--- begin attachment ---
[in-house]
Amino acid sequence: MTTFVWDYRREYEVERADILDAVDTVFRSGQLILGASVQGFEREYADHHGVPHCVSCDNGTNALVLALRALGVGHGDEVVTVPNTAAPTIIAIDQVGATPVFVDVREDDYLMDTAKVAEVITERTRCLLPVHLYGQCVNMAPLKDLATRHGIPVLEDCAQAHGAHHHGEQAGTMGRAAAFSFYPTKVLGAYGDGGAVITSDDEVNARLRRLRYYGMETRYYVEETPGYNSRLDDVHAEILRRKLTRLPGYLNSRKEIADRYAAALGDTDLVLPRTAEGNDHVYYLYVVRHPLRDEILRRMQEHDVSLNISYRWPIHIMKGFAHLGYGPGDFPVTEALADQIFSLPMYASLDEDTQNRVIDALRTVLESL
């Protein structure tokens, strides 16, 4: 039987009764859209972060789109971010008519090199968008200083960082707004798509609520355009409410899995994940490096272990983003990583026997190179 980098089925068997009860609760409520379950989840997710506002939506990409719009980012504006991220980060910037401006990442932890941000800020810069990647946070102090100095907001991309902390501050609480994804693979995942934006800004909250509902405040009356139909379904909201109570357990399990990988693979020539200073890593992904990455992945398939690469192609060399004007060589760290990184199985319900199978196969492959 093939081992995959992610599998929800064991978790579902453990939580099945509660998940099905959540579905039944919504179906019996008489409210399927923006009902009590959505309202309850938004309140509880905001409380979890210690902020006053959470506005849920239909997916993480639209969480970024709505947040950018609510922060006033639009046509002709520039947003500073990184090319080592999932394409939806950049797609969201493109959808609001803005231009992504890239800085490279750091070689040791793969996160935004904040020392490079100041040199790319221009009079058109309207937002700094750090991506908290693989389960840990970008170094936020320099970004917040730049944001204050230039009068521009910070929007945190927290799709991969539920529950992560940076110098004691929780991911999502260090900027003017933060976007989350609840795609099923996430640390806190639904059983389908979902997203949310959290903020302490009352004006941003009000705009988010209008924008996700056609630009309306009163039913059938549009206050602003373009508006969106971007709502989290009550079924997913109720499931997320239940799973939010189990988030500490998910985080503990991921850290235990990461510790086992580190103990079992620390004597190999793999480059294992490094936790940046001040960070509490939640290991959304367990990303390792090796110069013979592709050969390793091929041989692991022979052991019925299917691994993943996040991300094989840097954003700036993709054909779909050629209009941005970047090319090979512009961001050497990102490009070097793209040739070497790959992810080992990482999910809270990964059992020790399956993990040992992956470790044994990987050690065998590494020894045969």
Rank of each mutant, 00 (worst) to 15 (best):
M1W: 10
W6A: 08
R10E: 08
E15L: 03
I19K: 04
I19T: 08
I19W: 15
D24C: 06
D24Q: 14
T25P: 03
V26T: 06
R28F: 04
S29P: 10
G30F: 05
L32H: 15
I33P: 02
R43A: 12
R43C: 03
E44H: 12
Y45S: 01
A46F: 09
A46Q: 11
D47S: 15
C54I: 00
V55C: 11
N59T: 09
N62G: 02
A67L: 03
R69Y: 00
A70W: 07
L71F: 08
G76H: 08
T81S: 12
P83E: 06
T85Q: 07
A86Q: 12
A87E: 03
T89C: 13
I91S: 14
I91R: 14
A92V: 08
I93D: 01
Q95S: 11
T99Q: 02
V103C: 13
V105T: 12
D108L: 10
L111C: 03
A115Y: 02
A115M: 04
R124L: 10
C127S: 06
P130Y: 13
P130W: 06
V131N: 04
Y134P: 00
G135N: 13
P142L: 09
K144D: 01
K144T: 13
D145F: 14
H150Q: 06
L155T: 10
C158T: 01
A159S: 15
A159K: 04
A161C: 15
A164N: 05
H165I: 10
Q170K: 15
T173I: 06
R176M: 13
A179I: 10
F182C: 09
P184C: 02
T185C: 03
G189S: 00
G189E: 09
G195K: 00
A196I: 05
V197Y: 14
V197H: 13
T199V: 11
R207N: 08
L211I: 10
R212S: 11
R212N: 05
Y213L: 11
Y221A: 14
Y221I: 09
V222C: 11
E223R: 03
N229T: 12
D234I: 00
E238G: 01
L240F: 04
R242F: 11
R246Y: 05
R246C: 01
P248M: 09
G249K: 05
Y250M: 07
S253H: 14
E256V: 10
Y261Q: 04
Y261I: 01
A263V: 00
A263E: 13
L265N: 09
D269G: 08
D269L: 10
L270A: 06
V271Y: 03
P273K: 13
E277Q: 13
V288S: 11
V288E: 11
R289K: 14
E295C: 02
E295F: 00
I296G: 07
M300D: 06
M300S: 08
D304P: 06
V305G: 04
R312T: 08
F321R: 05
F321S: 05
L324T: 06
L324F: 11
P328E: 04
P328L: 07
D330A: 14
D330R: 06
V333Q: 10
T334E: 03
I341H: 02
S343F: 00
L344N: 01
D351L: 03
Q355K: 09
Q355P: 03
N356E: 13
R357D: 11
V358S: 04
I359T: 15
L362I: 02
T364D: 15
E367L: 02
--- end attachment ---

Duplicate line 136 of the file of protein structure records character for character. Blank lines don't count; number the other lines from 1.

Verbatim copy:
P328L: 07